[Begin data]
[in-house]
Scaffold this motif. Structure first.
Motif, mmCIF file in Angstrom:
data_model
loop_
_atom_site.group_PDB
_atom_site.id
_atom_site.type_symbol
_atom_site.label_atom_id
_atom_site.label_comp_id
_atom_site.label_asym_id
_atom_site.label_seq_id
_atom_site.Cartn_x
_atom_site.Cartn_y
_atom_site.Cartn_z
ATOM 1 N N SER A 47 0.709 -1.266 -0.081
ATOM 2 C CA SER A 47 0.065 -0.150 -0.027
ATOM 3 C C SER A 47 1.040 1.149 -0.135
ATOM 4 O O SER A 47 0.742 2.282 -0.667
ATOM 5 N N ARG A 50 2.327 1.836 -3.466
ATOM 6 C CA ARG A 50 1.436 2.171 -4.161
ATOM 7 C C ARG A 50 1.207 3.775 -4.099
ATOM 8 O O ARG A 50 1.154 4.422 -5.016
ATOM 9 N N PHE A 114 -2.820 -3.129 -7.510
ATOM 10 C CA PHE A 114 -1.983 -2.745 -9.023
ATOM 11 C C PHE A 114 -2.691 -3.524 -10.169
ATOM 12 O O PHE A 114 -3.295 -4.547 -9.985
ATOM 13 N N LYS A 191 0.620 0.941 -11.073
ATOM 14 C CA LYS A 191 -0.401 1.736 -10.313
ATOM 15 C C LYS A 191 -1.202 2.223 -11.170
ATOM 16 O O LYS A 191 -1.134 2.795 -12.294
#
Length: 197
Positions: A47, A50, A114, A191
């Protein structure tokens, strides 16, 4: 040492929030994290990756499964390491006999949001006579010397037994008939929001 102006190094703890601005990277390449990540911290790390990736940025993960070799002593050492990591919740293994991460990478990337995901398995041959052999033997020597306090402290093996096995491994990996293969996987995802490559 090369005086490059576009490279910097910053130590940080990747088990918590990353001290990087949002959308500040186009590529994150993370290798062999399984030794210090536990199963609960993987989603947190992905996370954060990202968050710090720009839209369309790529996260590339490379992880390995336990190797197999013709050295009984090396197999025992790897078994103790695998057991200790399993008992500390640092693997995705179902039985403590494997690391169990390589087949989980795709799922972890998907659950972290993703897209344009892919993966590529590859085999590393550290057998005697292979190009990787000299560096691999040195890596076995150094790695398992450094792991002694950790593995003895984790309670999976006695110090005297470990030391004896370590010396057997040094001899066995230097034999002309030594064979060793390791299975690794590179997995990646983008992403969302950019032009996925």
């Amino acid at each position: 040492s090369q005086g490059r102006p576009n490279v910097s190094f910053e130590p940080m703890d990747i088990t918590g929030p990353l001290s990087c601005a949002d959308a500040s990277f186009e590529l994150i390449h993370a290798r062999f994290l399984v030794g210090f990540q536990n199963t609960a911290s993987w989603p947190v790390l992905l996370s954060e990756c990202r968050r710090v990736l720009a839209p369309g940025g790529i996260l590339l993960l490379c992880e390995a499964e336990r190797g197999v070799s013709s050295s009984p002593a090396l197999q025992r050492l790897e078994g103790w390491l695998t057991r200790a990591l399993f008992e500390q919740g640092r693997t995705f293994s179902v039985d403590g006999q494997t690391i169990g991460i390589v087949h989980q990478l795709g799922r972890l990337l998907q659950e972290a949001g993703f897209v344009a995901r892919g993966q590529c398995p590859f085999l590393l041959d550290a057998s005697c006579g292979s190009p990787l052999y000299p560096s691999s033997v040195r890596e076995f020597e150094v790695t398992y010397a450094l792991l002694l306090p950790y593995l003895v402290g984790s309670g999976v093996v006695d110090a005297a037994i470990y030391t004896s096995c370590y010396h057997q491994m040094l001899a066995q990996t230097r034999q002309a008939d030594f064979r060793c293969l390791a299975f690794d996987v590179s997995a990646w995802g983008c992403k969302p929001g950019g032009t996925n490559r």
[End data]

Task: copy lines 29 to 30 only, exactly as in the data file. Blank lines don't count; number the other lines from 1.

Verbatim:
ATOM 14 C CA LYS A 191 -0.401 1.736 -10.313
ATOM 15 C C LYS A 191 -1.202 2.223 -11.170